by Tara, New York Guest Concierge
I recently went to go see the new Broadway musical Soul Doctor which tells the story of Rabbi Schlomo Carlebach. I did not know much about him before the show other than he had been considered controversial by some and had performed with several musicians throughout the 1960’s. From the opening of the show, one would feel as if they were stepping into a 1960’s rock musical, reminiscent to Godspell, Hair, or even Jesus Christ superstar, but after the opening number, it begins with a more serious tone in the 1940’s and Schlomo’s childhood during World War II. One of the more traumatic though poignant parts of the show is when a man sings to young Schlomo about letting music into his heart and sharing it with the world and is then shot by an SS officer for singing.
Perhaps the best scene of the show comes when Schlomo first meets Nina Simone, who does a soulful rendition of “I Put a Spell on You”. They talk about their lives and their differences but also their similarities; the persecution of Nina and her family in the south shares a commonality with the persecution of the Jews during the Holocaust when they reveal that each of them had seen their family houses of worship burn down. From this friendship we see the emergence of Schlomo and his rekindled desire to let the music into his heart and share it with the world.
The story then moves along, shifting from Schlomo’s life as a rabbi and as a musician and the conflicts that this causes, as he tries to encourage modern day teenagers into following his old and traditional religion. The relationship with his father and his lifetime teacher become threatened as he tried to find where he belongs. He argues with his father that although his father wants him to become another Moses, he just wants to be Schlomo. In order to fulfill his dream, Shlomo travels to San Francisco to open the House of Love and Prayer, his own temple, to try to bring disenchanted youth back to Judaism. The subsequent scenes contain some of the most joyous, festive, catch music that Shlomo created during his career.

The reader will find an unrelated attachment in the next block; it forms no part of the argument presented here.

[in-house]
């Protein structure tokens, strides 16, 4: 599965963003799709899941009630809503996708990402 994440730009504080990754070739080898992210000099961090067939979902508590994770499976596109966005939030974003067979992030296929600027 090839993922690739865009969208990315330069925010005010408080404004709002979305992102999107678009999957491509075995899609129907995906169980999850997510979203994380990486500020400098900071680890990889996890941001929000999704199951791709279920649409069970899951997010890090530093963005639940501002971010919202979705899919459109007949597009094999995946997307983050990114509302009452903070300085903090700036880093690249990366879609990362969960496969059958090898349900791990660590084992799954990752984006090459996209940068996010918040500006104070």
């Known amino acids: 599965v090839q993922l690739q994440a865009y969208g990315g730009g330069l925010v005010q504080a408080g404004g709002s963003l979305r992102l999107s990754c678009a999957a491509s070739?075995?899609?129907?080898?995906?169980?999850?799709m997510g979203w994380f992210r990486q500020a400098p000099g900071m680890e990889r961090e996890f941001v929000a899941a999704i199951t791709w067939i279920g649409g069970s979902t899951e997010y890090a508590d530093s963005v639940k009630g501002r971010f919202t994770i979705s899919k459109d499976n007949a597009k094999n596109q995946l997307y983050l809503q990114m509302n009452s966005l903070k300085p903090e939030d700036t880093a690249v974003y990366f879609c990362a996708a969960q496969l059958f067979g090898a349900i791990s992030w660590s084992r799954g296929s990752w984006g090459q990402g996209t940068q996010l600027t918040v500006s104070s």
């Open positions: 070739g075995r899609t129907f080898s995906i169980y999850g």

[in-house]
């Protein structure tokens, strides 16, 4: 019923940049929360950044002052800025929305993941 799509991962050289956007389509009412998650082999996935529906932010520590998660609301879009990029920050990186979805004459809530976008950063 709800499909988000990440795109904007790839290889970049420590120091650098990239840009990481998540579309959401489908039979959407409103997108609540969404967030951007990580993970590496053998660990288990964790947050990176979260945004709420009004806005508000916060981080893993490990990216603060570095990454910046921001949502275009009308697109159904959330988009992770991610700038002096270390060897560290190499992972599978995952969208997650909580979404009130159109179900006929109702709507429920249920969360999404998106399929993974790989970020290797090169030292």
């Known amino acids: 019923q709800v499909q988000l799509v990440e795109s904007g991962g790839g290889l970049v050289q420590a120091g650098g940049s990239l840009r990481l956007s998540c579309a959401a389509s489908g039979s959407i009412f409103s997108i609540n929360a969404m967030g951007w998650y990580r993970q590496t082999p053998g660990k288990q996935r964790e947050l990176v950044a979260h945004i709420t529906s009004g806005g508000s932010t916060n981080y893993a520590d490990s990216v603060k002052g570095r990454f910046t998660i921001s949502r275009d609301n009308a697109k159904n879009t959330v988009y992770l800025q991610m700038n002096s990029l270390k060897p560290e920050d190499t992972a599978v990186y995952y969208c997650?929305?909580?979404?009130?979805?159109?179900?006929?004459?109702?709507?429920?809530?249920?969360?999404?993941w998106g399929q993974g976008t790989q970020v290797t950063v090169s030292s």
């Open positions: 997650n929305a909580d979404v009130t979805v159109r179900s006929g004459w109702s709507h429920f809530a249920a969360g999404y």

A family loss causes the rabbi to return home and face his family, and upon returning to the center finds that it had become overrun by drugs (thanks to a cameo by Dr. Timothy Leary). In response, Shlomo rounds up the group for an inspirational trip to try to bring them back to religion and righteousness. The show finally comes full circle with a call from Schlomo’s old friend Nina Simone, who invites him to sing with her in Vienna, the place he had grown up and was sent away from during the Holocaust.
This show is performed in one of the smaller Broadway theatres, and the performers do a wonderful job of keeping the audience included in their festivities. Despite some serious topics there are some jokes and laughs throughout the show with great quips and a little Jewish humor. I’d recommend the show to those that were fans of Schlomo Carlebach, interested in religion, or even fans of inspirational music.
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